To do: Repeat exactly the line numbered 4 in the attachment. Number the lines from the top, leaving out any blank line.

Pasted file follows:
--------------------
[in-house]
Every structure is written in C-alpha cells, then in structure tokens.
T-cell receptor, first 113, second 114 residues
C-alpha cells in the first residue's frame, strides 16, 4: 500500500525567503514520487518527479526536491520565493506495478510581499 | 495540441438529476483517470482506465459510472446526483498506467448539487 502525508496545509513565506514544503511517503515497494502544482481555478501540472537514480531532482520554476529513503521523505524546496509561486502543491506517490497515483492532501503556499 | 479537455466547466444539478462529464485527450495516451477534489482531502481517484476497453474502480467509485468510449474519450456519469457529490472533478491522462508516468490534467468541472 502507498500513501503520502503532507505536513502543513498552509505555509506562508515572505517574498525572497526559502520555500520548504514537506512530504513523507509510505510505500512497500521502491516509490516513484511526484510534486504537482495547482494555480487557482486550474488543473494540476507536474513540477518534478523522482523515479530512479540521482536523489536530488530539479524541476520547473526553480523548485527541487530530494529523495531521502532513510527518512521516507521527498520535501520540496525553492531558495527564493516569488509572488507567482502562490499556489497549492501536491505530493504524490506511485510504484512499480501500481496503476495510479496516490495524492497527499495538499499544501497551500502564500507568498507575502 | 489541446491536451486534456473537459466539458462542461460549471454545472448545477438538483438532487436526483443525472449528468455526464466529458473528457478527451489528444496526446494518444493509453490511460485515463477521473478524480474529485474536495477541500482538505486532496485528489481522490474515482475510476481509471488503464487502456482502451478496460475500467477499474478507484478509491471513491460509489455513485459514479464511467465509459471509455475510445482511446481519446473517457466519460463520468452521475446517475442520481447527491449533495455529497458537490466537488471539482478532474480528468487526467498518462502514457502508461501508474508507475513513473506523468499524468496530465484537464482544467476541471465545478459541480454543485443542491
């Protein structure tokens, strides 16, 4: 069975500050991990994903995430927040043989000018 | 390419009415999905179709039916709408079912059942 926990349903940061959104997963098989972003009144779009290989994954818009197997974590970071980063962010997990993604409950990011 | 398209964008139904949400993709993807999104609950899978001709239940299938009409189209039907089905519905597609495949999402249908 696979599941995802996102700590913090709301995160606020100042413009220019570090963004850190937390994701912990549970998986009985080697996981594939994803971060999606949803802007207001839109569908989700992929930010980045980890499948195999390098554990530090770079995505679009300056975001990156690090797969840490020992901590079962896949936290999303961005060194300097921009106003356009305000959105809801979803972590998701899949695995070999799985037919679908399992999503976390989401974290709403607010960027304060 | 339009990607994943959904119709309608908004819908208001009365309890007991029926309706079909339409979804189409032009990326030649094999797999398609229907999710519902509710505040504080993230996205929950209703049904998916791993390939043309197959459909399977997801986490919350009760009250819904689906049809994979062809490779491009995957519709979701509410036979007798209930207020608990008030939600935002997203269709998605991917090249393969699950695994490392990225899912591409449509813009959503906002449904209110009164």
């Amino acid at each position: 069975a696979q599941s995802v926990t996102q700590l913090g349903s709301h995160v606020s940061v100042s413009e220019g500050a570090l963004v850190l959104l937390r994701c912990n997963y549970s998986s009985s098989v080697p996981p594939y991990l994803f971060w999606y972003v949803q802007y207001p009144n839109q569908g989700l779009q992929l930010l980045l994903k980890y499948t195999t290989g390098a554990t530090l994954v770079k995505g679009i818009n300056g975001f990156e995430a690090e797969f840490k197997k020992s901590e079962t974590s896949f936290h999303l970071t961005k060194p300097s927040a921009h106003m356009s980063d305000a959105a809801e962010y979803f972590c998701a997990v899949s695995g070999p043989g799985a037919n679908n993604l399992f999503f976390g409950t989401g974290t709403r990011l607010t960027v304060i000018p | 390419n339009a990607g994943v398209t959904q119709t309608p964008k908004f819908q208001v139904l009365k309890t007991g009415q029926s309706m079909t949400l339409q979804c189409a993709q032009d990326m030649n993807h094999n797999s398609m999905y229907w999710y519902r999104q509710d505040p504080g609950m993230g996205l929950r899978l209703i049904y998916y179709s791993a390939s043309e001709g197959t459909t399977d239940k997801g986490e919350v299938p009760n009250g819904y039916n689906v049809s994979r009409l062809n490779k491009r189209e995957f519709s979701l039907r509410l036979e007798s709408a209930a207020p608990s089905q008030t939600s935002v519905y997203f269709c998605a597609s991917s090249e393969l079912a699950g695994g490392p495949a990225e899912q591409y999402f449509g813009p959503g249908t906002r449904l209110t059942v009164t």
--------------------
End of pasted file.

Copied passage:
C-alpha cells in the first residue's frame, strides 16, 4: 500500500525567503514520487518527479526536491520565493506495478510581499 | 495540441438529476483517470482506465459510472446526483498506467448539487 502525508496545509513565506514544503511517503515497494502544482481555478501540472537514480531532482520554476529513503521523505524546496509561486502543491506517490497515483492532501503556499 | 479537455466547466444539478462529464485527450495516451477534489482531502481517484476497453474502480467509485468510449474519450456519469457529490472533478491522462508516468490534467468541472 502507498500513501503520502503532507505536513502543513498552509505555509506562508515572505517574498525572497526559502520555500520548504514537506512530504513523507509510505510505500512497500521502491516509490516513484511526484510534486504537482495547482494555480487557482486550474488543473494540476507536474513540477518534478523522482523515479530512479540521482536523489536530488530539479524541476520547473526553480523548485527541487530530494529523495531521502532513510527518512521516507521527498520535501520540496525553492531558495527564493516569488509572488507567482502562490499556489497549492501536491505530493504524490506511485510504484512499480501500481496503476495510479496516490495524492497527499495538499499544501497551500502564500507568498507575502 | 489541446491536451486534456473537459466539458462542461460549471454545472448545477438538483438532487436526483443525472449528468455526464466529458473528457478527451489528444496526446494518444493509453490511460485515463477521473478524480474529485474536495477541500482538505486532496485528489481522490474515482475510476481509471488503464487502456482502451478496460475500467477499474478507484478509491471513491460509489455513485459514479464511467465509459471509455475510445482511446481519446473517457466519460463520468452521475446517475442520481447527491449533495455529497458537490466537488471539482478532474480528468487526467498518462502514457502508461501508474508507475513513473506523468499524468496530465484537464482544467476541471465545478459541480454543485443542491